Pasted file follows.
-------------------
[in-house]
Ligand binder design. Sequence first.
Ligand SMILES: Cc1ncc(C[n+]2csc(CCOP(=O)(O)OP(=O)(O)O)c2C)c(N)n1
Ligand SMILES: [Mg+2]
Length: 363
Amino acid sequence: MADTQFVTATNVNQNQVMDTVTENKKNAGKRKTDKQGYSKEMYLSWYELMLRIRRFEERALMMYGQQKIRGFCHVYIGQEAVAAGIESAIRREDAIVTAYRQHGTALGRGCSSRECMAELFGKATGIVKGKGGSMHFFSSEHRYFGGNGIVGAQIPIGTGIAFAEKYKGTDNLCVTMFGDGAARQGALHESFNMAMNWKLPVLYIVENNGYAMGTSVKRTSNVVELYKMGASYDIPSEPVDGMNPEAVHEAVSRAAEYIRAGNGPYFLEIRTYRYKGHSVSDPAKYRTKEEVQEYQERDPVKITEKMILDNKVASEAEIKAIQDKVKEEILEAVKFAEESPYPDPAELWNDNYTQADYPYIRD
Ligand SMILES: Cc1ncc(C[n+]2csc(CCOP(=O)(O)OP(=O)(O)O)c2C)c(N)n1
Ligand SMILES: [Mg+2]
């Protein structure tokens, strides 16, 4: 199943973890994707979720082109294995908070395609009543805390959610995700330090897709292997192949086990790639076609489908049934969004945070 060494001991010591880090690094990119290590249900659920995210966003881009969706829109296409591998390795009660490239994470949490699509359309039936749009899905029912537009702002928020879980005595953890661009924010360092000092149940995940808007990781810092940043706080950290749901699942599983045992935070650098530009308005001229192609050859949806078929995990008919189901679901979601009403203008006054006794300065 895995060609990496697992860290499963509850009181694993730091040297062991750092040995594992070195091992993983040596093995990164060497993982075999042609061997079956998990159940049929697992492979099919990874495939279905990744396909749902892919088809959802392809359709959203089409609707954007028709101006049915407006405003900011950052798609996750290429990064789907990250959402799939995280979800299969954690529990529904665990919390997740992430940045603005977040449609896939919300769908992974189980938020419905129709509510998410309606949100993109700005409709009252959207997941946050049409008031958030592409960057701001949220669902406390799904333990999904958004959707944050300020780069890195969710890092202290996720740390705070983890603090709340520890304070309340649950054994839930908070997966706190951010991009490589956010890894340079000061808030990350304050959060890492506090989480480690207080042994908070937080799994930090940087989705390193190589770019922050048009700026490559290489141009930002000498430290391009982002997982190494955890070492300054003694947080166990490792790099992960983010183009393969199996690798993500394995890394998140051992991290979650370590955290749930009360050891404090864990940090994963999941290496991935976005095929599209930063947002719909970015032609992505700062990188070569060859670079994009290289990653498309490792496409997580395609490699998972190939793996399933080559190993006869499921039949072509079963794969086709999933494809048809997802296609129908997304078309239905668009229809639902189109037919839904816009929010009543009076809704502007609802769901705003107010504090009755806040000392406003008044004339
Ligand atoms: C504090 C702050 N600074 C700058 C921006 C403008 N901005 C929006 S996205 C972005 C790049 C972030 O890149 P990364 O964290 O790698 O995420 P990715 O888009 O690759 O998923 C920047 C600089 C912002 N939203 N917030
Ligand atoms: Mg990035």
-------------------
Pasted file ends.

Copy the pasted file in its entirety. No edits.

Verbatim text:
[in-house]
Ligand binder design. Sequence first.
Ligand SMILES: Cc1ncc(C[n+]2csc(CCOP(=O)(O)OP(=O)(O)O)c2C)c(N)n1
Ligand SMILES: [Mg+2]
Length: 363
Amino acid sequence: MADTQFVTATNVNQNQVMDTVTENKKNAGKRKTDKQGYSKEMYLSWYELMLRIRRFEERALMMYGQQKIRGFCHVYIGQEAVAAGIESAIRREDAIVTAYRQHGTALGRGCSSRECMAELFGKATGIVKGKGGSMHFFSSEHRYFGGNGIVGAQIPIGTGIAFAEKYKGTDNLCVTMFGDGAARQGALHESFNMAMNWKLPVLYIVENNGYAMGTSVKRTSNVVELYKMGASYDIPSEPVDGMNPEAVHEAVSRAAEYIRAGNGPYFLEIRTYRYKGHSVSDPAKYRTKEEVQEYQERDPVKITEKMILDNKVASEAEIKAIQDKVKEEILEAVKFAEESPYPDPAELWNDNYTQADYPYIRD
Ligand SMILES: Cc1ncc(C[n+]2csc(CCOP(=O)(O)OP(=O)(O)O)c2C)c(N)n1
Ligand SMILES: [Mg+2]
């Protein structure tokens, strides 16, 4: 199943973890994707979720082109294995908070395609009543805390959610995700330090897709292997192949086990790639076609489908049934969004945070 060494001991010591880090690094990119290590249900659920995210966003881009969706829109296409591998390795009660490239994470949490699509359309039936749009899905029912537009702002928020879980005595953890661009924010360092000092149940995940808007990781810092940043706080950290749901699942599983045992935070650098530009308005001229192609050859949806078929995990008919189901679901979601009403203008006054006794300065 895995060609990496697992860290499963509850009181694993730091040297062991750092040995594992070195091992993983040596093995990164060497993982075999042609061997079956998990159940049929697992492979099919990874495939279905990744396909749902892919088809959802392809359709959203089409609707954007028709101006049915407006405003900011950052798609996750290429990064789907990250959402799939995280979800299969954690529990529904665990919390997740992430940045603005977040449609896939919300769908992974189980938020419905129709509510998410309606949100993109700005409709009252959207997941946050049409008031958030592409960057701001949220669902406390799904333990999904958004959707944050300020780069890195969710890092202290996720740390705070983890603090709340520890304070309340649950054994839930908070997966706190951010991009490589956010890894340079000061808030990350304050959060890492506090989480480690207080042994908070937080799994930090940087989705390193190589770019922050048009700026490559290489141009930002000498430290391009982002997982190494955890070492300054003694947080166990490792790099992960983010183009393969199996690798993500394995890394998140051992991290979650370590955290749930009360050891404090864990940090994963999941290496991935976005095929599209930063947002719909970015032609992505700062990188070569060859670079994009290289990653498309490792496409997580395609490699998972190939793996399933080559190993006869499921039949072509079963794969086709999933494809048809997802296609129908997304078309239905668009229809639902189109037919839904816009929010009543009076809704502007609802769901705003107010504090009755806040000392406003008044004339
Ligand atoms: C504090 C702050 N600074 C700058 C921006 C403008 N901005 C929006 S996205 C972005 C790049 C972030 O890149 P990364 O964290 O790698 O995420 P990715 O888009 O690759 O998923 C920047 C600089 C912002 N939203 N917030
Ligand atoms: Mg990035």